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Brian Munroe makes history in Pennsylvania’s 144th Precinct

Democratic state elect Brian Munroe has a unique opportunity that no other Democrat has had in over half a century. Pennsylvania’s 144th District, under Republican control since at least 1968, turned blue in the November midterm elections.

According to the Pennsylvania House of Representatives archives, in about 55 years no Democrat has ever represented the district.

“It’s an honor to be sent to Harrisburg by my neighbors from Warminster, Warrington, Ivyland and New Britain,” Munroe said.

It’s more than an honor, it’s also a major political achievement given the seat’s history.

Republican Benjamin H. Wilson held the seat for 19 years beginning in the late 1960s and was succeeded by four other Republicans, including his wife Jean, who held the seat for two terms after his death.

During the campaign, Munroe said he knocked on more than 10,000 doors, citing the many conversations he had with residents in the borough.

“The one that really stood out emotionally was when I was talking to a husband and wife,” Munroe said. “The husband had just been diagnosed with cancer and was about to undergo chemotherapy. The fear and the weight weighed on his face and shoulders. When he told me a little about what he was going through, I immediately recognized the nature of the chemotherapy. It was the same one I went through.”

Munroe related his story and saw a certain relief spread across the man’s face.

It didn’t matter if the household was Democrat or Republican, there were concerns about what would happen if Republicans were allowed to remain in power, he said.

The ability to build relationships seems to have made all the difference when it came to addressing ongoing and emerging concerns.

Republicans, however, took a different approach. They avoided talks about reproductive health and climate change. They instead chose to hit the fear button and focused on crime, a claim that — at least in this race — fell flat.

Munroe, the current Bucks County Clerk of the Court, was able to push back and find that crime in the county or district has not increased.

Data from the court showed a dramatic drop in crime, with 2022 being one of the lowest crime counts in Bucks County on record since 2005.

“Bucks County Criminal Court data speaks for itself,” Munroe said, noting that all misdemeanor cases and above are reported to the county.

One of the key issues Munroe wants to address is PFAS water pollution in the district.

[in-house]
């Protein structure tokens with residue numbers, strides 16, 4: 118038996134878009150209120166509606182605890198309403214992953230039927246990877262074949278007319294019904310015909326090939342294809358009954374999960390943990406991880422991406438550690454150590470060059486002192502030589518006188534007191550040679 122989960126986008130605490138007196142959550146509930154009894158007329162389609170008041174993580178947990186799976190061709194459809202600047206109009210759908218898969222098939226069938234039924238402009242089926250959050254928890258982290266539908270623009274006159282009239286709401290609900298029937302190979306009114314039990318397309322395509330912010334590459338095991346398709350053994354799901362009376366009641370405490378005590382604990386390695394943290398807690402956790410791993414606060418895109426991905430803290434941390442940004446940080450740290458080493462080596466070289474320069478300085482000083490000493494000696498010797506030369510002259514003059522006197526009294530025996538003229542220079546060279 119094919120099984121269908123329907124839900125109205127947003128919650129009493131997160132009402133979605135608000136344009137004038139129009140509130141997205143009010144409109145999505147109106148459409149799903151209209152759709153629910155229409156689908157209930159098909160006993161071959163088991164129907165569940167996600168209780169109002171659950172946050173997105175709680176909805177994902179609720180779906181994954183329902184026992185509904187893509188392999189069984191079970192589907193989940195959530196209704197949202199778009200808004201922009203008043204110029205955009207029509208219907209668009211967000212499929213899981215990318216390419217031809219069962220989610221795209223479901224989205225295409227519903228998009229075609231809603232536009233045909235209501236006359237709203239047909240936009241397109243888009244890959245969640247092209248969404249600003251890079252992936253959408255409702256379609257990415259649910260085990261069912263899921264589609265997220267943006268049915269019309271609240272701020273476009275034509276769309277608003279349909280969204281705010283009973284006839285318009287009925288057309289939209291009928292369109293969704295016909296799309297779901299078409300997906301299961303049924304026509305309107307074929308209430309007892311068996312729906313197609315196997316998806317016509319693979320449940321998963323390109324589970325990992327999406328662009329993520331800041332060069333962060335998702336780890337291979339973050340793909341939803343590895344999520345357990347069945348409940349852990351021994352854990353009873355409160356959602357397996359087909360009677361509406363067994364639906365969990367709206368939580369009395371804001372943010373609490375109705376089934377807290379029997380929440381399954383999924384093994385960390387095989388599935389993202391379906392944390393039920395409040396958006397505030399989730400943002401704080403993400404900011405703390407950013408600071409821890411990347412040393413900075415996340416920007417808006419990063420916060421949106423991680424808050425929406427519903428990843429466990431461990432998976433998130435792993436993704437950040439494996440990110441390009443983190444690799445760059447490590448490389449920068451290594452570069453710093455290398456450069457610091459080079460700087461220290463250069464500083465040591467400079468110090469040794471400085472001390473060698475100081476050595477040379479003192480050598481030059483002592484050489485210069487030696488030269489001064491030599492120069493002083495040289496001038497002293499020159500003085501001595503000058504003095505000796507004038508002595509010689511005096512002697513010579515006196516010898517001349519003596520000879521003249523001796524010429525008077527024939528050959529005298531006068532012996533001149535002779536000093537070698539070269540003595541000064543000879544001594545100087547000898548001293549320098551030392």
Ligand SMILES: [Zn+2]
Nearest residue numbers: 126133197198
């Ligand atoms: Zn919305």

READ: Bucks County at the heart of the fight for our environment

In 1989, the Naval Air Development Center at Warminster was placed on the National Priorities List because of eight disposal sites threatening groundwater quality. The Navy is conducting five-year remedial action reviews, which will be conducted with the next assessment scheduled for 2026.

This threat remains an issue and is currently being addressed in part through the contracted purchase of water from the North Wales Water Authority. These costs are passed on to the customers.

How does Munroe envision the solution to this ongoing environmental catastrophe?

“Simply put, money. At Warminster alone, 19 wells are currently offline due to contamination. $20 million would allow resin filtration systems to be put in place to reclaim these wells and provide us with clean drinking water with the infrastructure we own,” he said.

“Warrington has the same problem, which would require a similar investment,” Munroe added.

Passing legislation to increase the state minimum wage is another of Munroe’s priorities.

“Pennsylvania’s Republican legislature has refused to pay Pennsylvania residents a living wage, leaving Pennsylvania with the lowest minimum wage of any of its neighbors,” he said. “That needs to change. I fully support raising the minimum wage. I also support reforming the laws governing how some waitstaff are paid like waiters so they are less dependent on tips.”

Statistics from the Pennsylvania State Department show that Munroe won the election by just over 500 votes, and while it wasn’t a landslide, his win reveals two things: Pennsylvanians are unhappy with the way Republicans are governing , and Democrats now have a chance to show voters what they can do.

“To be in that Capitol Building and all the history connected to the Pennsylvania House of Representatives is breathtaking,” Munroe remarked of his recent trip to Harrisburg for freshman orientation.

The midterm election winners will take office on December 1, and Munroe, along with other Democrats who have switched seats, will begin to continue this story.

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